Celebrate Africa Day with these dishes from the continent

African cuisine has distinctive dishes, preparation techniques and ingredients to create delicious and unique dishes.

Traditionally, African cuisine was made using a combination of locally available fruits, vegetables, cereal grains, milk and meat products, and did not usually include foods that have been imported.

Central Africa, East Africa, North Africa, southern Africa and West Africa all have distinctive dishes, preparation techniques and ingredients that they use to create their delicious and unique cuisines.

African cuisine has been introduced to western culture and today you can easily find your favourite African dishes at local restaurants.

The next time you are yearning for a taste of African cuisine, be sure to try one of these:

Tripe stew – all across Africa 

Tripe is the edible lining from the stomach of various farm animals such as cows, goats, pigs, and sheep. Tripe is eaten in many parts of the continent of Africa and usually prepared as a soup or stew to be eaten with a desired starch dish.

In South Africa tripe is known as “mogodu” or “ulusu”. In Kenya it is known as “matumbo” and “Shaki” in Nigeria.

Goat intestine stew and gravy. Picture: iStock

African stiff maize porridge/pap/sadza/ugali/nsima/funge – all across Africa

Bogobe pap, ugali, nsima, sadza, and fungu is a type of maize of cassava flour porridge made in Africa. Pap is a staple food in most African countries, if not all of them, and is cooked in boiling water or milk (in a few African countries), until it reaches a stiff or firm dough-like consistency.

Pap is usually eaten with “seshebo,” which refers to a meaty or savoury dish.

African stiff maize porridge. Picture: iStock

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Piri Piri chicken – Mozambique 

Piri piri chicken is a dish that has both African and Portuguese roots. The chicken is prepared with hot peppers, lemon and garlic. The piri piri chicken dish is often considered to  be the national dish of Mozambique.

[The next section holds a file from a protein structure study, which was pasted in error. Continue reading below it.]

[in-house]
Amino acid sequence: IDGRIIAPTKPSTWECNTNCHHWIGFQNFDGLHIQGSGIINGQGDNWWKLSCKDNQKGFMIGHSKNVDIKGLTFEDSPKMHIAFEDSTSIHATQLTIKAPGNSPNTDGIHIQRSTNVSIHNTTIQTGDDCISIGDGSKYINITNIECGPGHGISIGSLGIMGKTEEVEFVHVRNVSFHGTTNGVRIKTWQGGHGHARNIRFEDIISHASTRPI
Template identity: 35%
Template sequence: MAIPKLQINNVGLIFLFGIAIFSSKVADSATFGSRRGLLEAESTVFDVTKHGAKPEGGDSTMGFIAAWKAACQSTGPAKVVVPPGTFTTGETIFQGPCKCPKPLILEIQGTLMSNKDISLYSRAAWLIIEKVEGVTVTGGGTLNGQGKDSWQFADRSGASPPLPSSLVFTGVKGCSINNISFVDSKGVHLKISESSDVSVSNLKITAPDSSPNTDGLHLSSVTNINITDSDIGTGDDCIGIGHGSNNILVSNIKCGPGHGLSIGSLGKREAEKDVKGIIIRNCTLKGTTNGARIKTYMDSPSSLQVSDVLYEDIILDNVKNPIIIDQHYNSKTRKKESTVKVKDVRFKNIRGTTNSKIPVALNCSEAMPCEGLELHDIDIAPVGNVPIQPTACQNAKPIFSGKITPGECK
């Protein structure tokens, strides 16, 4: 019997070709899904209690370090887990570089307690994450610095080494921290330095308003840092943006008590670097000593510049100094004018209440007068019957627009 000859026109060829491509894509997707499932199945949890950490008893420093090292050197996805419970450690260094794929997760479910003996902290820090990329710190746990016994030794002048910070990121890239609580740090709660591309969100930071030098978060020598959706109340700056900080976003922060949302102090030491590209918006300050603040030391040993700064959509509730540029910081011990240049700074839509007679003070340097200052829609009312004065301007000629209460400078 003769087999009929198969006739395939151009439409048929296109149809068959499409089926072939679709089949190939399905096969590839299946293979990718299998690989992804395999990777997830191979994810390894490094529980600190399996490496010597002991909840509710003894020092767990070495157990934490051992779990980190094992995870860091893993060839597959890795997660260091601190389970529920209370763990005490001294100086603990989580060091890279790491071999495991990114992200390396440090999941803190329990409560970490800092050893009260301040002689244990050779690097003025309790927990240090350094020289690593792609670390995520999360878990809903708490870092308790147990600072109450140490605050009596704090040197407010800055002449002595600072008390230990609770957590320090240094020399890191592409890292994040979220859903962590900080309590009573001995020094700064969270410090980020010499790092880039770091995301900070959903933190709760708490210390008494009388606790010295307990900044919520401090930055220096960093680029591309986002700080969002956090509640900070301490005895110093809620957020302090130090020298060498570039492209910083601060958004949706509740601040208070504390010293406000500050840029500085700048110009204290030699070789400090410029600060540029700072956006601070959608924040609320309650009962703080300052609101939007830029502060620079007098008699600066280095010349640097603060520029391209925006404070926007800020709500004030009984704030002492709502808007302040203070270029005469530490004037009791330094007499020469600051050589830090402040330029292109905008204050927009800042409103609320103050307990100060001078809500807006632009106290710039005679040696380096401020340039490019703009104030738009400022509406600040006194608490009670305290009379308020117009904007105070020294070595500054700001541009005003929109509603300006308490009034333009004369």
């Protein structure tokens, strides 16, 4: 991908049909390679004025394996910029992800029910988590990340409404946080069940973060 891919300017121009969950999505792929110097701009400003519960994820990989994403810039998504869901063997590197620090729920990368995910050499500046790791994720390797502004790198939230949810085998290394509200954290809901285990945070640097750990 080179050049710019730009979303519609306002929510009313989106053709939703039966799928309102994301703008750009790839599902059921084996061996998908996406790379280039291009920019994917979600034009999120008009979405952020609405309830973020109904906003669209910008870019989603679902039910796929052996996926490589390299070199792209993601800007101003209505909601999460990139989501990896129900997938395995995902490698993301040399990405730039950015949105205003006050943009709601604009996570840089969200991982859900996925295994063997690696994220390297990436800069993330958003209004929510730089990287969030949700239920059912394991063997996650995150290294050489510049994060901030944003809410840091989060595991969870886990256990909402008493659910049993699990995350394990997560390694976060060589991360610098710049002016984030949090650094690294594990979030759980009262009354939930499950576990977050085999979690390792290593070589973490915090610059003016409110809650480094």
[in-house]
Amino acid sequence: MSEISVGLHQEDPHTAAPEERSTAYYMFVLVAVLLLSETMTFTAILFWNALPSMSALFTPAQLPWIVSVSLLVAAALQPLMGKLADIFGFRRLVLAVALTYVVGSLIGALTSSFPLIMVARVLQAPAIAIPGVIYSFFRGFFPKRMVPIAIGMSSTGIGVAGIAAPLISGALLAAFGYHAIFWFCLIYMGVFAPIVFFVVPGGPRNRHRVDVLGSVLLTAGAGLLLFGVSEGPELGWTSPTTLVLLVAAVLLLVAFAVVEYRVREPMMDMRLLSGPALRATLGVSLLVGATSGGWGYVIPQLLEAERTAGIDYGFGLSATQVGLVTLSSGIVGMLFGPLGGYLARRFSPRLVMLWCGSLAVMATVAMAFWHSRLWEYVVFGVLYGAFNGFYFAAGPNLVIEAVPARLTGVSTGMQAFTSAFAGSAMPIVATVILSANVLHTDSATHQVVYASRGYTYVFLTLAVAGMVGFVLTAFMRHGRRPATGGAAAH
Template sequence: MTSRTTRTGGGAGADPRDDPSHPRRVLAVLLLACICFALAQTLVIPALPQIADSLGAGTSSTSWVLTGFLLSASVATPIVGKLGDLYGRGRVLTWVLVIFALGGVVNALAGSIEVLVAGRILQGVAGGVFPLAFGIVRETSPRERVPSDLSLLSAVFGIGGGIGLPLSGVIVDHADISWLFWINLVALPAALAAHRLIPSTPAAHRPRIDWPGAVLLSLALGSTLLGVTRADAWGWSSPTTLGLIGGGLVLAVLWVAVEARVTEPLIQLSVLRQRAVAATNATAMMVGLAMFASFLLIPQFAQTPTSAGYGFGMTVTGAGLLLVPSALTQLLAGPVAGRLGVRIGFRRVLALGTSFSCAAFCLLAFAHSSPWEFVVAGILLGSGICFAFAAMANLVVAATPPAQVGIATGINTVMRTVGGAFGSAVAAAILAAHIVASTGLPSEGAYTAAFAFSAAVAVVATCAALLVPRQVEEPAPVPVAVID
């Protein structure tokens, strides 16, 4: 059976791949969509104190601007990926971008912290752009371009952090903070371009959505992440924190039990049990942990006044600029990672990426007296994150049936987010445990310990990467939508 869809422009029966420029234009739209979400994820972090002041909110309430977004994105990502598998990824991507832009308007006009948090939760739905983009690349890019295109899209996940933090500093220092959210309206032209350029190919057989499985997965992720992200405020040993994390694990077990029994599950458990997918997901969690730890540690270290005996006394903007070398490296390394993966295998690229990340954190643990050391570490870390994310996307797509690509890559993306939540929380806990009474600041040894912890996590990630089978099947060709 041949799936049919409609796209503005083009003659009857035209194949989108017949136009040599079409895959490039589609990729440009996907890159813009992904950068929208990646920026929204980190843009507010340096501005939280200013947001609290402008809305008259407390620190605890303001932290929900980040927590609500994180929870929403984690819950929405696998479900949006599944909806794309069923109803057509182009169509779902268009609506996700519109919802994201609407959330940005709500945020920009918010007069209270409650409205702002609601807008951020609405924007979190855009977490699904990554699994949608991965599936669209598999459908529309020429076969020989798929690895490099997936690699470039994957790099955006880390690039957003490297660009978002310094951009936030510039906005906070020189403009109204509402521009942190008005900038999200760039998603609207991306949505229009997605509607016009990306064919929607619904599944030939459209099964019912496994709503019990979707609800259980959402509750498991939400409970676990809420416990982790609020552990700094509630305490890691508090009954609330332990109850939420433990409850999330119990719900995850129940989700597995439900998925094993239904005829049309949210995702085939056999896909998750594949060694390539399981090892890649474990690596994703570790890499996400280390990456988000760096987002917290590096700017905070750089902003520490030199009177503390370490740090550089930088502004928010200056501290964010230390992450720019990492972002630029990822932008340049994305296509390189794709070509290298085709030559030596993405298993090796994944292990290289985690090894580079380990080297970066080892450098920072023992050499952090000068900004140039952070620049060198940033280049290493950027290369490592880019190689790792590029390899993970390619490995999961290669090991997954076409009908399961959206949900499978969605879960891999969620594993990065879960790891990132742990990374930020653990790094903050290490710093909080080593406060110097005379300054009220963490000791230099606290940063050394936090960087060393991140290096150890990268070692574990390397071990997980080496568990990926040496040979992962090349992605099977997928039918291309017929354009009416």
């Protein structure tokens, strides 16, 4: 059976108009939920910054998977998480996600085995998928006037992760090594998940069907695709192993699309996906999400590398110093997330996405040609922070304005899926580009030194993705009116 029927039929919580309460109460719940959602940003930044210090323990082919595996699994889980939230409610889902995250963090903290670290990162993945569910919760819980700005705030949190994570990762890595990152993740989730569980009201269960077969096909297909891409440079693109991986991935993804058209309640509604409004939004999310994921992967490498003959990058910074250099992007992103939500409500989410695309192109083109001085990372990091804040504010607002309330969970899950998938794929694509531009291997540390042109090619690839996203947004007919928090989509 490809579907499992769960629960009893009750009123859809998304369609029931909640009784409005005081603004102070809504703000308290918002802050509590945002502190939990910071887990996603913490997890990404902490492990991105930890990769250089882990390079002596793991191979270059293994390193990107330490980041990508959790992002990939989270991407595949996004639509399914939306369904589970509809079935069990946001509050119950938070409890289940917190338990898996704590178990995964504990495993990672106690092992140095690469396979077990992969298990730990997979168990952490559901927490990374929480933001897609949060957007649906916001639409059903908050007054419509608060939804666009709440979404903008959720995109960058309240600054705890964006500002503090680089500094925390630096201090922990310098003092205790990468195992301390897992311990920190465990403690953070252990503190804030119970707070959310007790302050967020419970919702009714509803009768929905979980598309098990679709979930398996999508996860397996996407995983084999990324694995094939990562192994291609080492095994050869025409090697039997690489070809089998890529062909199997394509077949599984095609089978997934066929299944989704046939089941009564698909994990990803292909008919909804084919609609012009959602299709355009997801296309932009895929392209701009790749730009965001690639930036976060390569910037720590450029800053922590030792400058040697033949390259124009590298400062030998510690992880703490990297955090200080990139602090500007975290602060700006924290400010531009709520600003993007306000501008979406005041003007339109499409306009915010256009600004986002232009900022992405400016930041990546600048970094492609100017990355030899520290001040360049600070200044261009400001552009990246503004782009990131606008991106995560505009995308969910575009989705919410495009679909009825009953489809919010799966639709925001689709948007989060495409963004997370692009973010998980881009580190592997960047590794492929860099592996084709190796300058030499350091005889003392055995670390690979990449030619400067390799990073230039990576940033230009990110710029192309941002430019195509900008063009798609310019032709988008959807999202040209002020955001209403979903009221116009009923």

The chicken can be prepared to your own heat tolerance, but it should be a little spicy and hot to be authentic.

The African bird’s eye is the chili that is usually used to make the piri piri sauce.

Mozambique piri piri chicken. Picture: iStock

Egusi Soup with pounded yam – Nigeria

Egusi is the name given to the protein rich seeds of certain cucurbitaceous plants that are used to create the egusi soup. The soup is thickened with ground melon seeds, and it contains a variety vegetables.

Egusi soup is one of the most popular soups prepared by most tribes in Nigeria and is often eaten with dishes like pounded yam.

Egusi soup can be prepared with goat, beef or even fish.

Nigerian egusi soup served with pounded yam or fufu. Picture: iStock

Jollof rice – Nigeria 

Jollof rice is popular in West and sub-Saharan Africa. The dish is typically made with long grain rice, tomatoes, onions, spices, vegetables and various meat in a single pot.

The cuisine is often served with fried, ripe plantains and coleslaw.

Nigerian jollof rice. Picture: iStock

Shisanyama or braai meat – South Africa 

South Africans usually braai once a week, as it is a chance to get the friends and family together. Before you can add the meat to the “braai,” or fire, you need to make sure that most of your meat which is unseasoned, is spiced and marinated well.

Temperature is also an important fact when braaing, as too much heat will result in your meat being burnt on the inside, but not cooked on the inside.

Braai meat is usually enjoyed with salads, rolls, garlic bread or even pap.

South African braai meat. Picture: iStock

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